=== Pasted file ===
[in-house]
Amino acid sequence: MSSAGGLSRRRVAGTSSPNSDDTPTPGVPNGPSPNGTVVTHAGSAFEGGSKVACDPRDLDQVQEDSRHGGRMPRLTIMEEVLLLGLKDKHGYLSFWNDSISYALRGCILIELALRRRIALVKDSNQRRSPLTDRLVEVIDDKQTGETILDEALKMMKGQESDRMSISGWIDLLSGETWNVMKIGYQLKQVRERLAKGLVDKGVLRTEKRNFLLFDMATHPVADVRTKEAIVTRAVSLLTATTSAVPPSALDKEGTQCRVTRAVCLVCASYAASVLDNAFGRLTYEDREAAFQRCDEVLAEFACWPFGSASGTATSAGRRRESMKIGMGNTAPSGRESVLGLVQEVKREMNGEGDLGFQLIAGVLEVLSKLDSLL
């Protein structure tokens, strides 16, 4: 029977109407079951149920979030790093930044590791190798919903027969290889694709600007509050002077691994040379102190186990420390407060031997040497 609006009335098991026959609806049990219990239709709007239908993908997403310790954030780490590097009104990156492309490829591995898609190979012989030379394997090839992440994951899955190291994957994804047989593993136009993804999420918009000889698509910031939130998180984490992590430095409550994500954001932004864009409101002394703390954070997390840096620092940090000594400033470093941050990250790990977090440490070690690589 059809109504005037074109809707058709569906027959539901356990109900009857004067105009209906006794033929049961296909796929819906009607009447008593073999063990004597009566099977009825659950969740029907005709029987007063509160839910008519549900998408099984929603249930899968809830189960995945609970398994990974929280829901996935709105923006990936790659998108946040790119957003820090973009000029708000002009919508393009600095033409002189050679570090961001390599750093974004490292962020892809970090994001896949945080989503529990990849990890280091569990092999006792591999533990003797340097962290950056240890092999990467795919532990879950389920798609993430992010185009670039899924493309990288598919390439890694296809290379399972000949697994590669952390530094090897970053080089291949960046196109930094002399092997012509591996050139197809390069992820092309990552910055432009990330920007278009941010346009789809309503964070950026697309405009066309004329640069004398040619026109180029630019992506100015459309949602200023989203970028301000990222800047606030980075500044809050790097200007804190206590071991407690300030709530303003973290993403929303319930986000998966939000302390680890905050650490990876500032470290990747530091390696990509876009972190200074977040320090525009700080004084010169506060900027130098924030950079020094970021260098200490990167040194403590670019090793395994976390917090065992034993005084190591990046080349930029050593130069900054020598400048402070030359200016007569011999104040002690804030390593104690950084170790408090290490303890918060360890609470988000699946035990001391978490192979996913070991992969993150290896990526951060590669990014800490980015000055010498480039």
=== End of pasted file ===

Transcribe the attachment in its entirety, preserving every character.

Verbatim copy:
[in-house]
Amino acid sequence: MSSAGGLSRRRVAGTSSPNSDDTPTPGVPNGPSPNGTVVTHAGSAFEGGSKVACDPRDLDQVQEDSRHGGRMPRLTIMEEVLLLGLKDKHGYLSFWNDSISYALRGCILIELALRRRIALVKDSNQRRSPLTDRLVEVIDDKQTGETILDEALKMMKGQESDRMSISGWIDLLSGETWNVMKIGYQLKQVRERLAKGLVDKGVLRTEKRNFLLFDMATHPVADVRTKEAIVTRAVSLLTATTSAVPPSALDKEGTQCRVTRAVCLVCASYAASVLDNAFGRLTYEDREAAFQRCDEVLAEFACWPFGSASGTATSAGRRRESMKIGMGNTAPSGRESVLGLVQEVKREMNGEGDLGFQLIAGVLEVLSKLDSLL
């Protein structure tokens, strides 16, 4: 029977109407079951149920979030790093930044590791190798919903027969290889694709600007509050002077691994040379102190186990420390407060031997040497 609006009335098991026959609806049990219990239709709007239908993908997403310790954030780490590097009104990156492309490829591995898609190979012989030379394997090839992440994951899955190291994957994804047989593993136009993804999420918009000889698509910031939130998180984490992590430095409550994500954001932004864009409101002394703390954070997390840096620092940090000594400033470093941050990250790990977090440490070690690589 059809109504005037074109809707058709569906027959539901356990109900009857004067105009209906006794033929049961296909796929819906009607009447008593073999063990004597009566099977009825659950969740029907005709029987007063509160839910008519549900998408099984929603249930899968809830189960995945609970398994990974929280829901996935709105923006990936790659998108946040790119957003820090973009000029708000002009919508393009600095033409002189050679570090961001390599750093974004490292962020892809970090994001896949945080989503529990990849990890280091569990092999006792591999533990003797340097962290950056240890092999990467795919532990879950389920798609993430992010185009670039899924493309990288598919390439890694296809290379399972000949697994590669952390530094090897970053080089291949960046196109930094002399092997012509591996050139197809390069992820092309990552910055432009990330920007278009941010346009789809309503964070950026697309405009066309004329640069004398040619026109180029630019992506100015459309949602200023989203970028301000990222800047606030980075500044809050790097200007804190206590071991407690300030709530303003973290993403929303319930986000998966939000302390680890905050650490990876500032470290990747530091390696990509876009972190200074977040320090525009700080004084010169506060900027130098924030950079020094970021260098200490990167040194403590670019090793395994976390917090065992034993005084190591990046080349930029050593130069900054020598400048402070030359200016007569011999104040002690804030390593104690950084170790408090290490303890918060360890609470988000699946035990001391978490192979996913070991992969993150290896990526951060590669990014800490980015000055010498480039």